AFP Jerusalem, Israel
Nov 06, 2018, 08.23 PM
Israel's parliament will renew debate next week on a bill that would make it easier to sentence Palestinian attackers to death, Defence Minister Avigdor Lieberman said Tuesday while vowing to have it passed.
"After over three years of a stubborn struggle, the death penalty for terrorist law will finally be brought to the law committee next Wednesday (November 14), and then for its first reading in the Knesset plenum," Lieberman said on Twitter.
"We won't relent or stop until completing the mission."
The bill, which passed a preliminary vote by the full parliament in January, would ease the requirements military courts in the occupied West Bank must meet to sentence Palestinians convicted of "terrorist" crimes to death.
As the law stands now, a panel of three military judges must unanimously approve any death penalty in military courts.
The new bill, planned by members of Lieberman's Yisrael Beitenu party at his behest, would change the requirement to a majority instead of unanimity.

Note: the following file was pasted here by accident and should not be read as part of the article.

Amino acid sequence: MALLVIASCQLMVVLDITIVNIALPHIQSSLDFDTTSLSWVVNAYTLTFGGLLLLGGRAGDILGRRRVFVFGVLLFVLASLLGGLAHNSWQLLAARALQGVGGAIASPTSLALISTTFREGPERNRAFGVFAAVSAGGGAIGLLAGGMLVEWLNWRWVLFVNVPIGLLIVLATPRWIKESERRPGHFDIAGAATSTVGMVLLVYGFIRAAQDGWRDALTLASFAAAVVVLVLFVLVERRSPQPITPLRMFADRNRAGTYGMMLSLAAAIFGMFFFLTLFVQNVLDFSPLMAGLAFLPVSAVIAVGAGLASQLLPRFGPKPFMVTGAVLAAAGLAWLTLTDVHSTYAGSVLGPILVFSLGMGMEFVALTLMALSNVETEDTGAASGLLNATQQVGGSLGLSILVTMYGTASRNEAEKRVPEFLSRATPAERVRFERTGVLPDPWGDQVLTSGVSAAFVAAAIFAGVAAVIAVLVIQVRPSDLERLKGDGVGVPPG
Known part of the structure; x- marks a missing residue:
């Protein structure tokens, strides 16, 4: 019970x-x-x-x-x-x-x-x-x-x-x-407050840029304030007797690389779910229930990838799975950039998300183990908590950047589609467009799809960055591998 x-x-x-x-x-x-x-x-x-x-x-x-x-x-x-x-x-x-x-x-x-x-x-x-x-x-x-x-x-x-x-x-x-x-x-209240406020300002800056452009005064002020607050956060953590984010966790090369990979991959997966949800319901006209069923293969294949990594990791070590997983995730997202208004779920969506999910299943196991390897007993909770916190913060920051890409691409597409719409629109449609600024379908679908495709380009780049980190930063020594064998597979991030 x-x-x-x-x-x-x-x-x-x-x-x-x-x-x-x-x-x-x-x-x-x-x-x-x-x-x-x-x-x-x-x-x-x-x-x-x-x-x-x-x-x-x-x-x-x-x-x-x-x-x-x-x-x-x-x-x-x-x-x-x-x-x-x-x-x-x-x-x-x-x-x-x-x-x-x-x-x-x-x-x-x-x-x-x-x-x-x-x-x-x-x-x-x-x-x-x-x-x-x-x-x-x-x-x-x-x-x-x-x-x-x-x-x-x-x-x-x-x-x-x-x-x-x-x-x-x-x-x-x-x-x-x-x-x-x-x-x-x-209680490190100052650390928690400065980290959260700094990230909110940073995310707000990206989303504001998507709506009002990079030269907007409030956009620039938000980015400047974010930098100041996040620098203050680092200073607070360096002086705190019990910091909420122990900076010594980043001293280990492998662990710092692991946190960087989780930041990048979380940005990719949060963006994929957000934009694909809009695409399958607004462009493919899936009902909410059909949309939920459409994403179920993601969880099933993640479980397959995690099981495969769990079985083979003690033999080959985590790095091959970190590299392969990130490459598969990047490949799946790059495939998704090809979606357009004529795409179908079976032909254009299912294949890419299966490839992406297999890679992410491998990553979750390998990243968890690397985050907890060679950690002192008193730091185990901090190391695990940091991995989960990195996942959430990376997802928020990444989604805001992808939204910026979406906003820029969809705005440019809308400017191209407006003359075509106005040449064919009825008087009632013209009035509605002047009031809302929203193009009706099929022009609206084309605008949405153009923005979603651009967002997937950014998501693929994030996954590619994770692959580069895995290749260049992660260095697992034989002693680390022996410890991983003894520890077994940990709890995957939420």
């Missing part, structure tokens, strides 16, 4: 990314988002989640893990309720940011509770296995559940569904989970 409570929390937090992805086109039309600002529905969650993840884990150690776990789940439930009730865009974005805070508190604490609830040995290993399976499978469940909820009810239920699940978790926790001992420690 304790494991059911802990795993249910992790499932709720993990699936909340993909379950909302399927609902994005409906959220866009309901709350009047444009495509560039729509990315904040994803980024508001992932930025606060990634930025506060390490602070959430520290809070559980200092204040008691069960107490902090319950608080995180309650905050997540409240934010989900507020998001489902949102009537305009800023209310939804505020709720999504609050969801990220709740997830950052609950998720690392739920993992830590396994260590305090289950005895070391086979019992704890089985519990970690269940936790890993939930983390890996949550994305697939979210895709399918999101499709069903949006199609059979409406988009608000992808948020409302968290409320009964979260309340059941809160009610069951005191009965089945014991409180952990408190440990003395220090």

Israel has not carried out any executions since 1962, when Nazi war criminal Adolf Eichmann was hanged.
Israel abolished the use of capital punishment for murder in civil courts in 1954, though it can still, in theory, be applied for war crimes, crimes against humanity, genocide, treason and crimes against the Jewish people.
Prime Minister Benjamin Netanyahu has expressed support for the death penalty in certain cases.
But a senior member of Netanyahu's party said Tuesday that he would object to the bill since the Israeli security establishment opposed it.
"I won't support imposing the death penalty before there's a serious debate and decision in the government and security cabinet," Energy Minister Yuval Steinitz wrote on Twitter.
"According to the IDF (Israel Defence Forces), Shin Bet (internal security service) and all the security establishment not only would (the death penalty) not help the fight against terror, it would cause great damage," he said.
A law to sentence "terrorists" to death was one of Lieberman's election promises in 2015, and government support for it was a condition for Yisrael Beitenu joining Netanyahu's coalition.
Israeli elections are expected to be called in the coming months and politicians have been ramping up campaign rhetoric.
The Palestinian government on Tuesday said the bill was "a public invitation to commit murder, and execution, and carry out massacres against our Palestinian people."
"This is a clear breach of laws, international and humanitarian," a statement from the Palestinian government said.